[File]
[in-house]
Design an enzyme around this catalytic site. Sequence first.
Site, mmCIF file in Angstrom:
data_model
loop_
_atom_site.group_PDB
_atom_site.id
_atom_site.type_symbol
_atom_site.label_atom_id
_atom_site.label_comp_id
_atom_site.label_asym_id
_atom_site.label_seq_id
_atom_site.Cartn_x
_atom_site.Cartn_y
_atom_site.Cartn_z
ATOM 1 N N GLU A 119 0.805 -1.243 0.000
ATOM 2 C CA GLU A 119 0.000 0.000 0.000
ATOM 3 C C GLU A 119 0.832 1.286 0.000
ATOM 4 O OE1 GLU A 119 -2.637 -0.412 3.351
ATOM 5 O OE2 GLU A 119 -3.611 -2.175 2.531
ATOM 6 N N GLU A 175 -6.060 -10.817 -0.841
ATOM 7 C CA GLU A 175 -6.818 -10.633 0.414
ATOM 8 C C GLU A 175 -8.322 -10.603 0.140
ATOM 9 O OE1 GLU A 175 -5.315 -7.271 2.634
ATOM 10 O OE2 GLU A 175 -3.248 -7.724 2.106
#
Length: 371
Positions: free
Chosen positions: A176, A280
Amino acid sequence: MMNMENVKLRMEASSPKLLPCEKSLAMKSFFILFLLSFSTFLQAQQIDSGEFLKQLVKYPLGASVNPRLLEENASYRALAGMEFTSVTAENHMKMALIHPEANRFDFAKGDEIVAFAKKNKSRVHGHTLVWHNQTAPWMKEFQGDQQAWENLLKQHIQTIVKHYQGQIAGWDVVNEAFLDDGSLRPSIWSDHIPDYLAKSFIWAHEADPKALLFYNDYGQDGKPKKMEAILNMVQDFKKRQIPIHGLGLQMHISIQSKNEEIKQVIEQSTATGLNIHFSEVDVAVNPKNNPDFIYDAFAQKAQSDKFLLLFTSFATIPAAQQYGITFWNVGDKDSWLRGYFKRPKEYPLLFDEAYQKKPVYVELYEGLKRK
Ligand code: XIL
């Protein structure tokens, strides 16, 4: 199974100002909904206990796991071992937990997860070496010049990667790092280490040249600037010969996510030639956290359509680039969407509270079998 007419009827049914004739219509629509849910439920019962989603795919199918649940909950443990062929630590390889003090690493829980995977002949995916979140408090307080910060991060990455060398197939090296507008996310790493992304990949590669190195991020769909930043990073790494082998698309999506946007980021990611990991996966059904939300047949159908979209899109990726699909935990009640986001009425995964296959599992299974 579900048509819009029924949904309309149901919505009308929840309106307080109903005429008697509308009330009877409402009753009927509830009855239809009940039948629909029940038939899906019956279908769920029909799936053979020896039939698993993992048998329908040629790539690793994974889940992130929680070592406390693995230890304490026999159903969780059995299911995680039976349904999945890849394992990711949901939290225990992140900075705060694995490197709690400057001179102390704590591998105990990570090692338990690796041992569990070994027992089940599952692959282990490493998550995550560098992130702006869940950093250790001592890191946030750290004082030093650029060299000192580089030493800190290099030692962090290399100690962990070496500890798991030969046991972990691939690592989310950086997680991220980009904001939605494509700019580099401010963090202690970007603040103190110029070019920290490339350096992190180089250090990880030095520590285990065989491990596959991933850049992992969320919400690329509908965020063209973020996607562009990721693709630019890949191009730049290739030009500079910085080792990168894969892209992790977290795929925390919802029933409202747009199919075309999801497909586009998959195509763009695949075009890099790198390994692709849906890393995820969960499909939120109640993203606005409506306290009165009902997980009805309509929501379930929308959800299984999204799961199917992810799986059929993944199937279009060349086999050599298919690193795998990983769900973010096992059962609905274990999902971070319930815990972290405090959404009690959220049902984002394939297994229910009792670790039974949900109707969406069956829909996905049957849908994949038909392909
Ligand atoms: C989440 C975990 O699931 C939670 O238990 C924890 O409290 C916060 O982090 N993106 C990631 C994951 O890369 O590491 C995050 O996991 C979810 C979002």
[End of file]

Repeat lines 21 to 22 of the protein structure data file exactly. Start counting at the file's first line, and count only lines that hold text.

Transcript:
ATOM 6 N N GLU A 175 -6.060 -10.817 -0.841
ATOM 7 C CA GLU A 175 -6.818 -10.633 0.414